Akraino is an open source software stack that can support carrier availability and performance needs in cloud services optimized for edge computing systems and applications. Edge computing is synonymous with multi-access edge computing and mobile edge computing, which both go by the MEC acronym.
The Akraino project was born from seed code donated by AT&T. That code is targeted at developing carrier-grade computing applications running in virtual machines (VMs) and containers. Akraino is designed to allow for scaling of edge cloud services. The project will work on areas currently unmet by other open source projects, and it will also integrate with those efforts.
For instance, both the Linux Foundation and AT&T mention Akraino complementing the Open Networking Automation Platform (ONAP) to automate services from the edge to the core of the network. That integration is convenient as much of the ONAP source code also came from AT&T’s ECOMP initiative that was combined with Open-O to form ONAP.
Mazin Gilbert, vice president of advanced technology at AT&T Labs, also lumped OpenStack into the mix to power the Internet of Things (IoT) and 5G.
“Akraino, coupled with ONAP and OpenStack, will help to accelerate progress toward development of next-generation, network-based edge services, fueling a new ecosystem of applications for 5G and IoT,” Gilbert noted in a statement.
AT&T itself is highly reliant on OpenStack to power its AT&T Integrated Cloud (AIC) platform. However, it’s also looking to tap open source container orchestrator Kubernetes as part of its next-generation AIC platform.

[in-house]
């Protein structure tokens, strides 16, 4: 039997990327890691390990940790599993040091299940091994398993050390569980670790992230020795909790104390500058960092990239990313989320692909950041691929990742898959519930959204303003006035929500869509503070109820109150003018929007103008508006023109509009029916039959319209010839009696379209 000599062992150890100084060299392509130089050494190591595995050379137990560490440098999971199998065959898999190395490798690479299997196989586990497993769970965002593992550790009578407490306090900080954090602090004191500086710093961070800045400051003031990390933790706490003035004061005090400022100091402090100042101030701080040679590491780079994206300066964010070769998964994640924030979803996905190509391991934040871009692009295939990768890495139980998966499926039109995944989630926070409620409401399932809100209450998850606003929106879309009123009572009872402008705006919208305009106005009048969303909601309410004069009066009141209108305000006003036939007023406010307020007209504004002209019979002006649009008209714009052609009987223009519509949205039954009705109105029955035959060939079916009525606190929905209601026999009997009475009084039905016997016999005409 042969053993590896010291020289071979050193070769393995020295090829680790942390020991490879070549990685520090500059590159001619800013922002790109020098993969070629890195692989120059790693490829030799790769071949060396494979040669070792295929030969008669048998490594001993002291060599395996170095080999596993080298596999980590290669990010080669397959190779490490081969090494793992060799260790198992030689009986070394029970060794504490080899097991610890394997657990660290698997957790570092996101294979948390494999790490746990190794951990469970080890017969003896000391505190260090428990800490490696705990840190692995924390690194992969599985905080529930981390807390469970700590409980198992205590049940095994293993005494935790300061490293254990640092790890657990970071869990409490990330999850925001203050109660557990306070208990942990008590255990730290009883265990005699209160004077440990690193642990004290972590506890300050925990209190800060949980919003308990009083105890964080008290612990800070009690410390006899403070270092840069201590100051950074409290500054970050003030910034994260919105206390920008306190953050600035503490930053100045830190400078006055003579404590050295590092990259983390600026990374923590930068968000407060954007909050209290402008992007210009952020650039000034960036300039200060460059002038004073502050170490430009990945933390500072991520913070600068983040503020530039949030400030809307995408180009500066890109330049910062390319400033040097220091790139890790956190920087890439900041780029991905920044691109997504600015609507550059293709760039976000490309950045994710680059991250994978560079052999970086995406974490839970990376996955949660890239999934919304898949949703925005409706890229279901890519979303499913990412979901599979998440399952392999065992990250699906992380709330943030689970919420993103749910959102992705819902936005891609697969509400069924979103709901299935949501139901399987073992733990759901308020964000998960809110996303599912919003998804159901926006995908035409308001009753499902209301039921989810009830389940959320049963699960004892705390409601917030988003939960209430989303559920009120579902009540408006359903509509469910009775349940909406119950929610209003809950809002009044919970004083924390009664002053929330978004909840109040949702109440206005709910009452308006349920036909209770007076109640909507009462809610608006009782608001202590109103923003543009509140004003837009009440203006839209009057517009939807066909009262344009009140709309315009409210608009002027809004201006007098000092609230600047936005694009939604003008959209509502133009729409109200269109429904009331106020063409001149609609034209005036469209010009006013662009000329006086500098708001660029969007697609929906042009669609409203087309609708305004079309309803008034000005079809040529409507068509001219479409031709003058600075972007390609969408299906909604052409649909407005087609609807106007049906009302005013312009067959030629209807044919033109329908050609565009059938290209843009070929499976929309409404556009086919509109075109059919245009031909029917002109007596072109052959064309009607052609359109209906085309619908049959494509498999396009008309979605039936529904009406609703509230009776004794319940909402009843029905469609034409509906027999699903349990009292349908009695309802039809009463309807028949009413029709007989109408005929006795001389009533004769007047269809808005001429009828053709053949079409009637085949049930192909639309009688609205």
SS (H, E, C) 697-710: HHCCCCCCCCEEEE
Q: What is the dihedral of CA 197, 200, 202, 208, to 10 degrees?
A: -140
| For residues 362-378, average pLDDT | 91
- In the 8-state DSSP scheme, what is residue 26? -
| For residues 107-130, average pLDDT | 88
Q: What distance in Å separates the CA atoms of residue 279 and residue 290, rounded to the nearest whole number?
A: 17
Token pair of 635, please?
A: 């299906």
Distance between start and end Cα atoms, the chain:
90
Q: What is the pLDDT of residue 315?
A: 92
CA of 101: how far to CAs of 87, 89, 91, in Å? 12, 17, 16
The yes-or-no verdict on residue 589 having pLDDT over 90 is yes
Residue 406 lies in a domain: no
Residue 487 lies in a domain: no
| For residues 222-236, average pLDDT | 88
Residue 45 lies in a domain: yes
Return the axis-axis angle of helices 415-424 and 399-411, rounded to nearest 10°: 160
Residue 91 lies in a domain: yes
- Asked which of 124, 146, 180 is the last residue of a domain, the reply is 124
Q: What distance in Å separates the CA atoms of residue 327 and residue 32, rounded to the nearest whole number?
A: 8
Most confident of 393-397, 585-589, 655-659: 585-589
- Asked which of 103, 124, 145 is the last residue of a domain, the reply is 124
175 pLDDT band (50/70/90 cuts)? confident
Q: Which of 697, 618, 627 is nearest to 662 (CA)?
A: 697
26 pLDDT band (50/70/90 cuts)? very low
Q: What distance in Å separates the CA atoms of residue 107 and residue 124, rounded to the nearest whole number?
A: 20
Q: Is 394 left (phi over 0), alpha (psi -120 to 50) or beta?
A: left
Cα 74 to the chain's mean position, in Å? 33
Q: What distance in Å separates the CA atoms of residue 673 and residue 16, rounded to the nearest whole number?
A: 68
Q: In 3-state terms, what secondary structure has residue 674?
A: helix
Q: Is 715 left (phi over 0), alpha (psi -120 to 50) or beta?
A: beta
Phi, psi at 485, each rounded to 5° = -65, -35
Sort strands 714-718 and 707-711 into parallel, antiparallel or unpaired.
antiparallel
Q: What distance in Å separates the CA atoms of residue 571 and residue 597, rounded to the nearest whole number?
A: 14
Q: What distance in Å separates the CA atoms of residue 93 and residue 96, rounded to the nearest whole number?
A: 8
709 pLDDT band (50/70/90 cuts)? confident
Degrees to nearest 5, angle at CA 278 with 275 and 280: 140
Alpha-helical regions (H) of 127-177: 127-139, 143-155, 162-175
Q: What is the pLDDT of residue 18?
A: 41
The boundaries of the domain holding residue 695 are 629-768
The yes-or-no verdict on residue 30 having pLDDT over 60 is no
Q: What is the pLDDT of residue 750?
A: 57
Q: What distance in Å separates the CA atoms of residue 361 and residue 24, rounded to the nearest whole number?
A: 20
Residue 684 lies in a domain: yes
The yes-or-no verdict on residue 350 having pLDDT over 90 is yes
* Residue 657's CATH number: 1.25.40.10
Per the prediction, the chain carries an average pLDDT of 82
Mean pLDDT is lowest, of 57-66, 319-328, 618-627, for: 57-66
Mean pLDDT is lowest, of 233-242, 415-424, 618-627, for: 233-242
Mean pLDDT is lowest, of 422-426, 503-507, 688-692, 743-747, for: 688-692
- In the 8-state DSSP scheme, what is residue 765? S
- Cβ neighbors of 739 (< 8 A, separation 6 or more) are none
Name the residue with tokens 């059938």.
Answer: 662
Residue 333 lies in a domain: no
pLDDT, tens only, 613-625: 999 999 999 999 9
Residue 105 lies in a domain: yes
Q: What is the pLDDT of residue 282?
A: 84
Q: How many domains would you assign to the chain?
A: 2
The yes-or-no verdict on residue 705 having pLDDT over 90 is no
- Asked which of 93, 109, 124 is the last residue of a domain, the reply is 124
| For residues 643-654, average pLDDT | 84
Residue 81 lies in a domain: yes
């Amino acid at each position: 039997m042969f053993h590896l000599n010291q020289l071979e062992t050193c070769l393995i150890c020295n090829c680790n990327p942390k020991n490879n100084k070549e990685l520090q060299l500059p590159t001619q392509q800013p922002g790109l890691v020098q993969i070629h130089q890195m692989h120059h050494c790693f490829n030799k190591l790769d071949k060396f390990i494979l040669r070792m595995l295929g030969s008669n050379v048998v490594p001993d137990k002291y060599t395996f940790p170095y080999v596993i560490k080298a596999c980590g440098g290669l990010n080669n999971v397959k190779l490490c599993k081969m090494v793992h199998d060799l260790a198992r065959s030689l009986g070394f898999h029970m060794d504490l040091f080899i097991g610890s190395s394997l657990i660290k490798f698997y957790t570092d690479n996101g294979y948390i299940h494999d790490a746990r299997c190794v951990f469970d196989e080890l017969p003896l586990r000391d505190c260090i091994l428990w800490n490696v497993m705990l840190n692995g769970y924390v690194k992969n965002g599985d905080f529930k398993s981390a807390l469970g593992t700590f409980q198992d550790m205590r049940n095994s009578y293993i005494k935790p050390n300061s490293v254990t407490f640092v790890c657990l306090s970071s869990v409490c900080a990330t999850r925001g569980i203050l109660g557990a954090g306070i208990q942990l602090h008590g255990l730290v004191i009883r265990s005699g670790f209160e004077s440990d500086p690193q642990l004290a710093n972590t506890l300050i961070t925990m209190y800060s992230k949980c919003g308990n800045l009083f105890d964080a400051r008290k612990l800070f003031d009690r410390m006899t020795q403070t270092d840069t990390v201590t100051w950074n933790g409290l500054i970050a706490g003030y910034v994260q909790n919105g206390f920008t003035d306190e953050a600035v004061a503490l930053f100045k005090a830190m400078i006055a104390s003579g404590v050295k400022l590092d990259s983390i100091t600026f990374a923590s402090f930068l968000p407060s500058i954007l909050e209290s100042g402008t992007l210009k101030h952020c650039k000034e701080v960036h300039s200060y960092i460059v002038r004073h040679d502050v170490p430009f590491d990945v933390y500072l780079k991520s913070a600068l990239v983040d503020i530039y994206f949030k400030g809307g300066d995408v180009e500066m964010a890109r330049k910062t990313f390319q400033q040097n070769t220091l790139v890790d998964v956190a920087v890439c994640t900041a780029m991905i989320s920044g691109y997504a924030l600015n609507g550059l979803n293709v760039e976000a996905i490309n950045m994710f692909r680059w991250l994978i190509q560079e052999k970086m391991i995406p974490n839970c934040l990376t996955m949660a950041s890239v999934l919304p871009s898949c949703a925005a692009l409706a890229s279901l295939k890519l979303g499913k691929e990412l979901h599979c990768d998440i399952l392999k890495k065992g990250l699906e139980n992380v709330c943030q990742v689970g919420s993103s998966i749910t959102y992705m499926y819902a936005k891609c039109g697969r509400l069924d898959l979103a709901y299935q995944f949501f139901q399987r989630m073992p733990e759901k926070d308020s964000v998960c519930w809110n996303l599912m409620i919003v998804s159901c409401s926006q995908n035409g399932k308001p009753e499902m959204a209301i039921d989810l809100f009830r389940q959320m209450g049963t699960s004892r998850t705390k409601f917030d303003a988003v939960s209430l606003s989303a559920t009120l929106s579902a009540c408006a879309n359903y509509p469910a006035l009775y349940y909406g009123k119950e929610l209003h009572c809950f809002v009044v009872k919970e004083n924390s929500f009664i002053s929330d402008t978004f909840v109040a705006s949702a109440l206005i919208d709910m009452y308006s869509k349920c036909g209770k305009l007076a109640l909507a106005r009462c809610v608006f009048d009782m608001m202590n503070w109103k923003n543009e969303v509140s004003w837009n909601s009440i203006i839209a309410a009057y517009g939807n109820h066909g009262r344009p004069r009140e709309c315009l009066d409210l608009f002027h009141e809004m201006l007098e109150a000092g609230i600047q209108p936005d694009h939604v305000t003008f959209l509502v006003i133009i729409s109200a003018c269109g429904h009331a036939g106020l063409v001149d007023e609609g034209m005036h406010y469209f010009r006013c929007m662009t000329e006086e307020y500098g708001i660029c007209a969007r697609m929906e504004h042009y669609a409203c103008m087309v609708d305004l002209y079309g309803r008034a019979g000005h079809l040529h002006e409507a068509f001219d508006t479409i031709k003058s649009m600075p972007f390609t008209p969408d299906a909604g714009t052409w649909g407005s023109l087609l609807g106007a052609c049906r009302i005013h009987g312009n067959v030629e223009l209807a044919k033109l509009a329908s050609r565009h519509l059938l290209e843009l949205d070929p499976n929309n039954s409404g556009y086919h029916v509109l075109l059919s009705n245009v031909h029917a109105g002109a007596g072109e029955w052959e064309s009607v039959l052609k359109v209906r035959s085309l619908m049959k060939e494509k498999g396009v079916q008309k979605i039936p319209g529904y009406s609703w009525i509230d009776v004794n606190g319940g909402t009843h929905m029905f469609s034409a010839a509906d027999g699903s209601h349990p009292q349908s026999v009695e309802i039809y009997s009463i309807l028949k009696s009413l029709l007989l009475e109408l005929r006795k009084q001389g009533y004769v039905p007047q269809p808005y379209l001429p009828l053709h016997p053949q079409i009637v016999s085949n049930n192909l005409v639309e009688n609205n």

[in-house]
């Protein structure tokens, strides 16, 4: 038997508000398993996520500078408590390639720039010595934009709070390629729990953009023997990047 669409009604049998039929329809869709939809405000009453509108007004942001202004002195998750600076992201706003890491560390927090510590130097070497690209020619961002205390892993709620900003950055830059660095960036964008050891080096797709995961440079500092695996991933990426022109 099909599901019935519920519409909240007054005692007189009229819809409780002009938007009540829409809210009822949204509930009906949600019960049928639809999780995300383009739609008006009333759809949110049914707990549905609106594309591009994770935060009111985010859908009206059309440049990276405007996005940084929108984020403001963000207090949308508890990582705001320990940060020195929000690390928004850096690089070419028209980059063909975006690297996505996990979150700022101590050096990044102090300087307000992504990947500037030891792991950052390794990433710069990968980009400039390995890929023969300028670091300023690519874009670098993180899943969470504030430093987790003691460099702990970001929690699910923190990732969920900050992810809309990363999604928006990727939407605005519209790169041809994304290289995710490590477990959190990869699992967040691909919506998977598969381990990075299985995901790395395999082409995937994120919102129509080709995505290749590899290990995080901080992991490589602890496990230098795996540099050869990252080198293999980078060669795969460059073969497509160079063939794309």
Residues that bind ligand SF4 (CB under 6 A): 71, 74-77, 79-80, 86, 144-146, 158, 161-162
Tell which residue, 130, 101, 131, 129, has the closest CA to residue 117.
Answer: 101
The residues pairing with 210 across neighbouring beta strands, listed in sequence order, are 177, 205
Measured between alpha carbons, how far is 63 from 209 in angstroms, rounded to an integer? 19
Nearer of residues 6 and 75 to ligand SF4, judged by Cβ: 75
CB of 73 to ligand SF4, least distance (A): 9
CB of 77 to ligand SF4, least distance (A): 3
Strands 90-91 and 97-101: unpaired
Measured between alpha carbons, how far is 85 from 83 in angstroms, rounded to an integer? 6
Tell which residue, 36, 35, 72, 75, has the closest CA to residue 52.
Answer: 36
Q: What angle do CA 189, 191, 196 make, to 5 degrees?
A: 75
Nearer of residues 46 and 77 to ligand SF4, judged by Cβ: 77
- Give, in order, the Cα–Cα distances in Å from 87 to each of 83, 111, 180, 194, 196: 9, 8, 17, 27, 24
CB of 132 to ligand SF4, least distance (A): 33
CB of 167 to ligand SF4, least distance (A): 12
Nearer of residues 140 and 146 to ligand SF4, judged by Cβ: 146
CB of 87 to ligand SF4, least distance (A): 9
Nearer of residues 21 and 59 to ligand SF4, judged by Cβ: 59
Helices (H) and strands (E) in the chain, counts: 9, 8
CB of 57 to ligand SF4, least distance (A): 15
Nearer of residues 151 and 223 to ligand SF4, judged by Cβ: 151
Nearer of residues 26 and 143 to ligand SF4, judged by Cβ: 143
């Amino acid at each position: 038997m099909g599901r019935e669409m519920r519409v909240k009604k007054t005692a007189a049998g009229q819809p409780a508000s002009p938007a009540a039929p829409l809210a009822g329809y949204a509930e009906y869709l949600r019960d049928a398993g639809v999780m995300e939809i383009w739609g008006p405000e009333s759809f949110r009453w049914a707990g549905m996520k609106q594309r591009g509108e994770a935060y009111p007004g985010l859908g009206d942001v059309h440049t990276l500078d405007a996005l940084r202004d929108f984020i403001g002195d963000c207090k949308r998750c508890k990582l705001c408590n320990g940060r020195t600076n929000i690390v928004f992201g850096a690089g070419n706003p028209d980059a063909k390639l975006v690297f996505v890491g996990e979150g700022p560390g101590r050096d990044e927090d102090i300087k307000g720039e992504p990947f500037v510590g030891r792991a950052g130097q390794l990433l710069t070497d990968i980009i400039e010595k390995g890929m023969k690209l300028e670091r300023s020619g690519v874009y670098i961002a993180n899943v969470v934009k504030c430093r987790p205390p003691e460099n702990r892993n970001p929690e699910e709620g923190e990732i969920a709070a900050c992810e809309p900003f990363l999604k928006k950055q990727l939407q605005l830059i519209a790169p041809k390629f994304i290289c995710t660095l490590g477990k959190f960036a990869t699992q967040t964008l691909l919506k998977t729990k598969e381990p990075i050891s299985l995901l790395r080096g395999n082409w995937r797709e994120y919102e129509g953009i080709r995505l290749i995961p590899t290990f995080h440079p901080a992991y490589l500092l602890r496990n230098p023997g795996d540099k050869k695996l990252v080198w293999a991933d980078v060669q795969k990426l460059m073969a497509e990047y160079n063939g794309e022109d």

The Linux Foundation recently combined ONAP with five other projects into the LF Networking Fund (LFN). The half-dozen projects within LFN form the basis of a networking stack from the data plane to the control plane, to orchestration, automation, and end-to-end testing. Akraino could provide further extension of those capabilities.
“There is a simple process for a project to be part of LFN since we have been expecting several complementary projects to extend the scope of end to end networking,” explained Arpit Joshipura, general manager of networking at the Linux Foundation, in an email. “These are reviewed by the LF Networking Governing Board and with feedback from the TAC (Technology Advisory Council). Akraino extends the network automation to the new edge. We will provide an update around ONS based on the focus of initial use cases.”
The Akraino project is currently lobbying for community members and expects to release the initial open source code by mid-year.
AT&T this week began testing edge computing in support of augmented reality (AR) and virtual reality (VR) services on mobile devices at its recently opened test zone in Palo Alto, California. The test will look at reducing blurry and choppy graphics often associated with current AR and VR services running on mobile devices across MEC platforms.
The carrier is working with GridRaster, which provides the underlying compute and network stack used in the test. GridRaster’s technology unloads the real-time graphics processing from the mobile device to the network cloud.
An AT&T spokeswoman said the test was not tied to any specific protocol, with the carrier initially focused on use cases rather than creating overall architectures.
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